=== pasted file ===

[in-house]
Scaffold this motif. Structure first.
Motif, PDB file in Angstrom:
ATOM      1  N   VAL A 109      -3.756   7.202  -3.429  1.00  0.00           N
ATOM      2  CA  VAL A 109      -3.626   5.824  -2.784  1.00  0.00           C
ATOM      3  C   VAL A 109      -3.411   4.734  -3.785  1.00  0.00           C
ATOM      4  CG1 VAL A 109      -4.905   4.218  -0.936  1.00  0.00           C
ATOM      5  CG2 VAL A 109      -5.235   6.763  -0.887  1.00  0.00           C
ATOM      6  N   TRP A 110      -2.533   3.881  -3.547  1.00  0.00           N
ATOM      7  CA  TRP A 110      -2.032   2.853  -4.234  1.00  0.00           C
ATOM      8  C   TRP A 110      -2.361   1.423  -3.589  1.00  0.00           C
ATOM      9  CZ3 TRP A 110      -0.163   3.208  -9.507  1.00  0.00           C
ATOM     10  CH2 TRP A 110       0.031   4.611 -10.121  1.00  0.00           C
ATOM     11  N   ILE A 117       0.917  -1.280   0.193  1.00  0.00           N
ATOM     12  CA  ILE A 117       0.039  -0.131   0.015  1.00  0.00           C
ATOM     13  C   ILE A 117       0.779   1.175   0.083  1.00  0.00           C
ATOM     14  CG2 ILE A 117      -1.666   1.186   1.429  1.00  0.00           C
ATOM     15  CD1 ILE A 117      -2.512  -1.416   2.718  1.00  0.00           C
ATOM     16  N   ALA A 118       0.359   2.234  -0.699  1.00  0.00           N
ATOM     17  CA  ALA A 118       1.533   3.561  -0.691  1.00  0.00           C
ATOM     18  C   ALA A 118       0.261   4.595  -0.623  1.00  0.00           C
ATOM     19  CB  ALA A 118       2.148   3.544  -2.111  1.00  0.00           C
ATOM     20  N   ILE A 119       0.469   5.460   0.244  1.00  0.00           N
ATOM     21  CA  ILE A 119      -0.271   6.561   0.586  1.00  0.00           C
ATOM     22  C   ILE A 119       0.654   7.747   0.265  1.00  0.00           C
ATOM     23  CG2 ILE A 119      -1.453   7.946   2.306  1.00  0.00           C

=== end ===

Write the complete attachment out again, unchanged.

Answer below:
[in-house]
Scaffold this motif. Structure first.
Motif, PDB file in Angstrom:
ATOM      1  N   VAL A 109      -3.756   7.202  -3.429  1.00  0.00           N
ATOM      2  CA  VAL A 109      -3.626   5.824  -2.784  1.00  0.00           C
ATOM      3  C   VAL A 109      -3.411   4.734  -3.785  1.00  0.00           C
ATOM      4  CG1 VAL A 109      -4.905   4.218  -0.936  1.00  0.00           C
ATOM      5  CG2 VAL A 109      -5.235   6.763  -0.887  1.00  0.00           C
ATOM      6  N   TRP A 110      -2.533   3.881  -3.547  1.00  0.00           N
ATOM      7  CA  TRP A 110      -2.032   2.853  -4.234  1.00  0.00           C
ATOM      8  C   TRP A 110      -2.361   1.423  -3.589  1.00  0.00           C
ATOM      9  CZ3 TRP A 110      -0.163   3.208  -9.507  1.00  0.00           C
ATOM     10  CH2 TRP A 110       0.031   4.611 -10.121  1.00  0.00           C
ATOM     11  N   ILE A 117       0.917  -1.280   0.193  1.00  0.00           N
ATOM     12  CA  ILE A 117       0.039  -0.131   0.015  1.00  0.00           C
ATOM     13  C   ILE A 117       0.779   1.175   0.083  1.00  0.00           C
ATOM     14  CG2 ILE A 117      -1.666   1.186   1.429  1.00  0.00           C
ATOM     15  CD1 ILE A 117      -2.512  -1.416   2.718  1.00  0.00           C
ATOM     16  N   ALA A 118       0.359   2.234  -0.699  1.00  0.00           N
ATOM     17  CA  ALA A 118       1.533   3.561  -0.691  1.00  0.00           C
ATOM     18  C   ALA A 118       0.261   4.595  -0.623  1.00  0.00           C
ATOM     19  CB  ALA A 118       2.148   3.544  -2.111  1.00  0.00           C
ATOM     20  N   ILE A 119       0.469   5.460   0.244  1.00  0.00           N
ATOM     21  CA  ILE A 119      -0.271   6.561   0.586  1.00  0.00           C
ATOM     22  C   ILE A 119       0.654   7.747   0.265  1.00  0.00           C
ATOM     23  CG2 ILE A 119      -1.453   7.946   2.306  1.00  0.00           C